Apart from diagnosis and characterisation of cancers, there is also therapeutic value to the discovery of miR-92s involvement in essential cell physiology and in promoting cancer. Returning to our review of breast cancer, the isoform ERβ1 is well studied as having anti-proliferative effects and pro-apoptotic effects.[4] We discussed that miR-92 targets and down regulates ERβ1, and evidence suggests that miR-92 is regulated by oestrogen which is upstream of the ERβ1.[4] Evidence for this was demonstrated by growing MCF-7 cells in oestrogen depleted conditions and adding antagonists to the oestrogen receptors: Tamoxifen and E2. miR-92 was upregulated in response, suggesting that the likely oncogenic role for miR-92 in this context is inhibition of ERβ1 expression in the presence of oestrogen. Thus, a therapeutic strategy against breast cancer could be aimed at re-activating expression of ERβ1 through manipulation of miR-92 expression.[4]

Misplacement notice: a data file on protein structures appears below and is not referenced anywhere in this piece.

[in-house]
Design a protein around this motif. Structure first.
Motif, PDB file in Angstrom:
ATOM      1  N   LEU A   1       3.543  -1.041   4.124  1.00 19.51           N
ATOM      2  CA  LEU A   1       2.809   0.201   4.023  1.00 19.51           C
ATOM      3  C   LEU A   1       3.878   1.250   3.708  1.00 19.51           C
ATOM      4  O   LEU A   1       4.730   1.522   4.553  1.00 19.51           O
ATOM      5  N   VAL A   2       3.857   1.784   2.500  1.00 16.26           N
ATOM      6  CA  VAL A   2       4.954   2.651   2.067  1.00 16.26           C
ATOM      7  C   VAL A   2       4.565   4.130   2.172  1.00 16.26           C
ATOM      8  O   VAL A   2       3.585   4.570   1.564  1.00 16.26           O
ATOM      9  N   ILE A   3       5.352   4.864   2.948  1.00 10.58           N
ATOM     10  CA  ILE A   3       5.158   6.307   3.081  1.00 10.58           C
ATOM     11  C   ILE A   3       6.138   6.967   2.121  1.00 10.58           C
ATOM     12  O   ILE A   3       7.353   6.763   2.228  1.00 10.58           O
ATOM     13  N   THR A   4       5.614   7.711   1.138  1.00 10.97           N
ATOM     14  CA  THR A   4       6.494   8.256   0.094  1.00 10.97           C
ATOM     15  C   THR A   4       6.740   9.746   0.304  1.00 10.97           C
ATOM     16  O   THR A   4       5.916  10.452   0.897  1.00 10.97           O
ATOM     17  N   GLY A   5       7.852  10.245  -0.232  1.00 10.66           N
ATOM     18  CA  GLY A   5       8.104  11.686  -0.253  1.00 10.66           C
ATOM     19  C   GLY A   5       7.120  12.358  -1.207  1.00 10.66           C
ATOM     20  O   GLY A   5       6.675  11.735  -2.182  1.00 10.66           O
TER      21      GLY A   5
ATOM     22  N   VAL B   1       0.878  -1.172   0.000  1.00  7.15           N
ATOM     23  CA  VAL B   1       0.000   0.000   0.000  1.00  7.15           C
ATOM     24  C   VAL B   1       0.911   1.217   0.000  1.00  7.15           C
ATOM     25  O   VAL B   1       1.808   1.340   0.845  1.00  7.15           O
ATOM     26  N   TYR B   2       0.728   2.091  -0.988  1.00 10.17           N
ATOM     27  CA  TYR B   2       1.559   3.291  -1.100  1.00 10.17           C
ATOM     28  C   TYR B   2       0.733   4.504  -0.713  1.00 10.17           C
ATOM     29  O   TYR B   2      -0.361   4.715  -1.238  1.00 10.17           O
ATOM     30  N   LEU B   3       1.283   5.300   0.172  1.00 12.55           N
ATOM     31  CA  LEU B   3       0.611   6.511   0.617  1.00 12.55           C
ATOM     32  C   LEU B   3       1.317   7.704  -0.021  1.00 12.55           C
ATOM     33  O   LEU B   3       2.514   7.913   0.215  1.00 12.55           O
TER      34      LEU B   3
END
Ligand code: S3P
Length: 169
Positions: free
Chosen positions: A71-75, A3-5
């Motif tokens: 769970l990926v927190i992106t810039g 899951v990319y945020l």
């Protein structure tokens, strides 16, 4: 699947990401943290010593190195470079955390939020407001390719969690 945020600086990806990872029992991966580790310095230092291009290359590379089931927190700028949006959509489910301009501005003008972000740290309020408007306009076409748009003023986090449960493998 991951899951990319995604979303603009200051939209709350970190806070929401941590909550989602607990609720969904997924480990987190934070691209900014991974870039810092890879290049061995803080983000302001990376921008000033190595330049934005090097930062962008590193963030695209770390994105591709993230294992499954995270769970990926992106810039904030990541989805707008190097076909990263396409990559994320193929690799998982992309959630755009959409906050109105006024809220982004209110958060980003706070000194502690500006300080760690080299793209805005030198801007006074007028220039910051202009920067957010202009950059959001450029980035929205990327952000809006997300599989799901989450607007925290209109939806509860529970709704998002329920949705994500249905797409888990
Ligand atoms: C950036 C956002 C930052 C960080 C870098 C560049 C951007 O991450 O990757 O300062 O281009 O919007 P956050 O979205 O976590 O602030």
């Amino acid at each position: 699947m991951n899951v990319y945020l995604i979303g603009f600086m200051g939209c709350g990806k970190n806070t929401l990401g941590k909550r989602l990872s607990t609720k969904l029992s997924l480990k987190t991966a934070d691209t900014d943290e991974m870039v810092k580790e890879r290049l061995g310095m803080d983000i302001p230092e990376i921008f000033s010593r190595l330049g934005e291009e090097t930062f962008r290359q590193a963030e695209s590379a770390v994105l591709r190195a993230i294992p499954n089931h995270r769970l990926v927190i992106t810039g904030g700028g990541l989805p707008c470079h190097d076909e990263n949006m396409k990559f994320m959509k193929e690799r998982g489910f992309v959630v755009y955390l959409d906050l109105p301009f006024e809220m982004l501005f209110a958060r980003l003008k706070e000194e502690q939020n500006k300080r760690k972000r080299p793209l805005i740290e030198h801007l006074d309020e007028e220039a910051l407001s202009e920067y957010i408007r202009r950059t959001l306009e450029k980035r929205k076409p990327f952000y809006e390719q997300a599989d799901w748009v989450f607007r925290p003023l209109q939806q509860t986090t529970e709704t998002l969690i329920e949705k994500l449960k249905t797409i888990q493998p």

For HCC patients (discussed in the previous section), quantitative real time PCR (qRT-PCR) demonstrated a reduction of miR-92a in the plasma against healthy blood samples.[1] This bears similarities to the discoveries made by profiling leukaemia patients (also discussed in the previous section).[6] The expression differences in both cases was relative to miR-638 levels. miR-638 is an miRNA that seems to have a consistent presence in human blood plasma and may be physiologically necessary. This demonstrates that a decrease in the miR-92a:miR-638 ratio in human plasma may serve as a valuable diagnostic marker not only for leukaemia but also for solid tumours such as HCC.[6]

In respect to the Medullablastoma studies, therapeutic strategy could include using antigomirs against the oncomir-1 cluster in patients harbouring an aberrant SHH/PATCHED pathway.[3]

References[edit]

  1. ^ a b c d e f g Shigoka, Masatoshi; Tsuchida, Akihiko; Matsudo, Takaaki; Nagakawa, Yuichi; Saito, Hitoshi; Suzuki, Yoshiaki; Aoki, Tatsuya; Murakami, Yoshiki; et al. (2010). "Deregulation of miR-92a expression is implicated in hepatocellular carcinoma development". Pathology International. 60 (5): 351–7. PMID 20518884. doi:10.1111/j.1440-1827.2010.02526.x.